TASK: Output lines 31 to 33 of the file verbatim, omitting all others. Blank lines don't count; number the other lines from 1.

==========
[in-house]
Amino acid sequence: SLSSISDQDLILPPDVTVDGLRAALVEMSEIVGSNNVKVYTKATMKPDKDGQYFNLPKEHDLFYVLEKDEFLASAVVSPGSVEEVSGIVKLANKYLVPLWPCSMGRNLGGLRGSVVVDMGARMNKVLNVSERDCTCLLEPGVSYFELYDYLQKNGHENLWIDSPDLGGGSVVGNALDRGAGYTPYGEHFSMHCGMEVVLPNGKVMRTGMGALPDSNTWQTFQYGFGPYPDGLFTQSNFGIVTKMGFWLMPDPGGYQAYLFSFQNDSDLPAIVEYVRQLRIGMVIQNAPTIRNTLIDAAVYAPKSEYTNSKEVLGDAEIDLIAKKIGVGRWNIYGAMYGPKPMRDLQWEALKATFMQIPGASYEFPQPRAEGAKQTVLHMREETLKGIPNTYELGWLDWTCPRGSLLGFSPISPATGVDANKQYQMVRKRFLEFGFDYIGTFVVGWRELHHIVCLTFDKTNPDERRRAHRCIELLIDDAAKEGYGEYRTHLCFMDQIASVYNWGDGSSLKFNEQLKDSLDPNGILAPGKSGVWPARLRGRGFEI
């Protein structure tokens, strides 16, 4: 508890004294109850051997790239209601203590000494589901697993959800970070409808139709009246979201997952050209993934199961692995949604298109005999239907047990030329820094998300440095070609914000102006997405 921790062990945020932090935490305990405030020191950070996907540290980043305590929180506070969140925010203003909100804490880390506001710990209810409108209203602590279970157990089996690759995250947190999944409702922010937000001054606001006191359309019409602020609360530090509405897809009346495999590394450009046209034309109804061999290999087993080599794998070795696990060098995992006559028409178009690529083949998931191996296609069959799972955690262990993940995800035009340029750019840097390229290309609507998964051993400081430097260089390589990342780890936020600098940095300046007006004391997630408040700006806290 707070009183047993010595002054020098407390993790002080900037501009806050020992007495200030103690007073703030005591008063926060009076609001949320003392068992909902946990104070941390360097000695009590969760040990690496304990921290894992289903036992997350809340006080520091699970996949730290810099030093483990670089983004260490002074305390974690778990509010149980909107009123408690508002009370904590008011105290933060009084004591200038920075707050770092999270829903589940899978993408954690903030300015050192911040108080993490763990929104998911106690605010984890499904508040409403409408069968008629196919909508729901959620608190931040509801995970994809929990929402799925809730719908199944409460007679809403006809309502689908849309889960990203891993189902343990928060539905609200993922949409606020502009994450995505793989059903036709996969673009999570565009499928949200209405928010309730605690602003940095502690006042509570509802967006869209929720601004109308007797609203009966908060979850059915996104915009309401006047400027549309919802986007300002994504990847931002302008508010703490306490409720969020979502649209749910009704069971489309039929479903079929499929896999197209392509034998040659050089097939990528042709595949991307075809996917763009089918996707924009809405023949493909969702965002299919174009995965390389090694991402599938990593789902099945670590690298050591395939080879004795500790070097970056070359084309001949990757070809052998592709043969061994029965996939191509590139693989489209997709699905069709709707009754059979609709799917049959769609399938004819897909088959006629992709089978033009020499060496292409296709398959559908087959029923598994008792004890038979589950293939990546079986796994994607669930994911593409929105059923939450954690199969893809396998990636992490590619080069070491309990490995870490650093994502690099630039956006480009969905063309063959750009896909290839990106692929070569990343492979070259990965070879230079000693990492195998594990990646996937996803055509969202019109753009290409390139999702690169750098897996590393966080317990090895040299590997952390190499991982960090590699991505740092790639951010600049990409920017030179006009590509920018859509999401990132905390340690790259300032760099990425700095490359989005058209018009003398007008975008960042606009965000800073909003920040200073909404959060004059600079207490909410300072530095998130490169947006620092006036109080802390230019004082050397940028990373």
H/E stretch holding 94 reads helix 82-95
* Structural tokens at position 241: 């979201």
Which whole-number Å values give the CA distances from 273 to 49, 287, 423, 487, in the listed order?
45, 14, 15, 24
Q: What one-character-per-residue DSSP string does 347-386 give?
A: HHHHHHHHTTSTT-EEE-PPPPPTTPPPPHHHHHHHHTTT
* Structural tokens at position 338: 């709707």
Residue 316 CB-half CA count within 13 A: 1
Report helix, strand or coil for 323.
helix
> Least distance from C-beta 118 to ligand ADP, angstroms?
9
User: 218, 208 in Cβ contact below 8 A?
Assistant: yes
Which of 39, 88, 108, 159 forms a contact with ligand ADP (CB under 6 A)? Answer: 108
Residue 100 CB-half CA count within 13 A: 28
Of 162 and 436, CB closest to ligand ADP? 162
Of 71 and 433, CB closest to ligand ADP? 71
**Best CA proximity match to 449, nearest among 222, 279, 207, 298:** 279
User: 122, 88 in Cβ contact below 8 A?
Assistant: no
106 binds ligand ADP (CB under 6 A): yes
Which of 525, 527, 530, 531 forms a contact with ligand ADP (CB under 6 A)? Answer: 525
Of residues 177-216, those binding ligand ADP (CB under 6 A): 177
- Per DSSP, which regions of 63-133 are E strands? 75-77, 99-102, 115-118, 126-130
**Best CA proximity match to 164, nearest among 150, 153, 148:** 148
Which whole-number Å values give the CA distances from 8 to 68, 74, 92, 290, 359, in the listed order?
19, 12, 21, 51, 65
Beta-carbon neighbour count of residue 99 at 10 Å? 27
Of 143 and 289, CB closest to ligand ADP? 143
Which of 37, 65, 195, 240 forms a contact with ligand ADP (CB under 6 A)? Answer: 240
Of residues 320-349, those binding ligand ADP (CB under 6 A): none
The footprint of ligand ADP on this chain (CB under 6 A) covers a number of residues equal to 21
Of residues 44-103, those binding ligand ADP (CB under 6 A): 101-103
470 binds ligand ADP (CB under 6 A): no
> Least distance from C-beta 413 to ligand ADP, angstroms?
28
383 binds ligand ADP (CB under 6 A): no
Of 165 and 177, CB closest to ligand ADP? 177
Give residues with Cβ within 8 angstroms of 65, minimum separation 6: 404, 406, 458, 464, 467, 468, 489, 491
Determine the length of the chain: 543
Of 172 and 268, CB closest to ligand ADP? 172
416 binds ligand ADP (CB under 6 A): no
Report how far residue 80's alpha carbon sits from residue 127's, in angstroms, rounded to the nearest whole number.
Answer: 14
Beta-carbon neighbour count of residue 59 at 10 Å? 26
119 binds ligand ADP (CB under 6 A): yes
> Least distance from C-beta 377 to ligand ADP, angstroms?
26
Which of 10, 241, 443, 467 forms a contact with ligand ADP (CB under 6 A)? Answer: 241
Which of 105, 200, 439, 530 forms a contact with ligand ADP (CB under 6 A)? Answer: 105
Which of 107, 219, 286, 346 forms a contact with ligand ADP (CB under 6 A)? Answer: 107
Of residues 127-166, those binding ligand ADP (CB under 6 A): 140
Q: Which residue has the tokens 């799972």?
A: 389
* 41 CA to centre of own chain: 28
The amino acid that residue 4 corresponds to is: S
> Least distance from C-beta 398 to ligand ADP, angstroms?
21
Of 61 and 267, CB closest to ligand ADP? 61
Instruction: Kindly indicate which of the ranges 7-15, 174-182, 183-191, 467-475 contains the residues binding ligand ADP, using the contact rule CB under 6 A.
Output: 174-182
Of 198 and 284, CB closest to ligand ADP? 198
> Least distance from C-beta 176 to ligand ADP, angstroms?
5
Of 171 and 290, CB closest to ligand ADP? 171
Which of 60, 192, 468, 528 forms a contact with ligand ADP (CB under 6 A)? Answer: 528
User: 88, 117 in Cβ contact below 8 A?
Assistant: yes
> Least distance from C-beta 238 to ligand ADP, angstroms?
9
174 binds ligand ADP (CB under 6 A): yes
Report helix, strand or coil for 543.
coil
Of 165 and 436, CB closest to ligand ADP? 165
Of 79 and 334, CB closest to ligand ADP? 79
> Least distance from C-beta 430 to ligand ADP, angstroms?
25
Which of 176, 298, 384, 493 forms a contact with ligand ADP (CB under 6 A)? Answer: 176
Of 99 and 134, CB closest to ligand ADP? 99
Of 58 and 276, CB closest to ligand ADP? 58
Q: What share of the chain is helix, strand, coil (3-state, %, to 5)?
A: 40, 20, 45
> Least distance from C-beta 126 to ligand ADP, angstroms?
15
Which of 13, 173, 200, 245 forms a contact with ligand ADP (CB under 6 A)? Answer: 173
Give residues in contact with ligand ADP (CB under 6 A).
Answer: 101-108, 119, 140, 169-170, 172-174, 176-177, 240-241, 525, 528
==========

19, 12, 21, 51, 65
Beta-carbon neighbour count of residue 99 at 10 Å? 27
Of 143 and 289, CB closest to ligand ADP? 143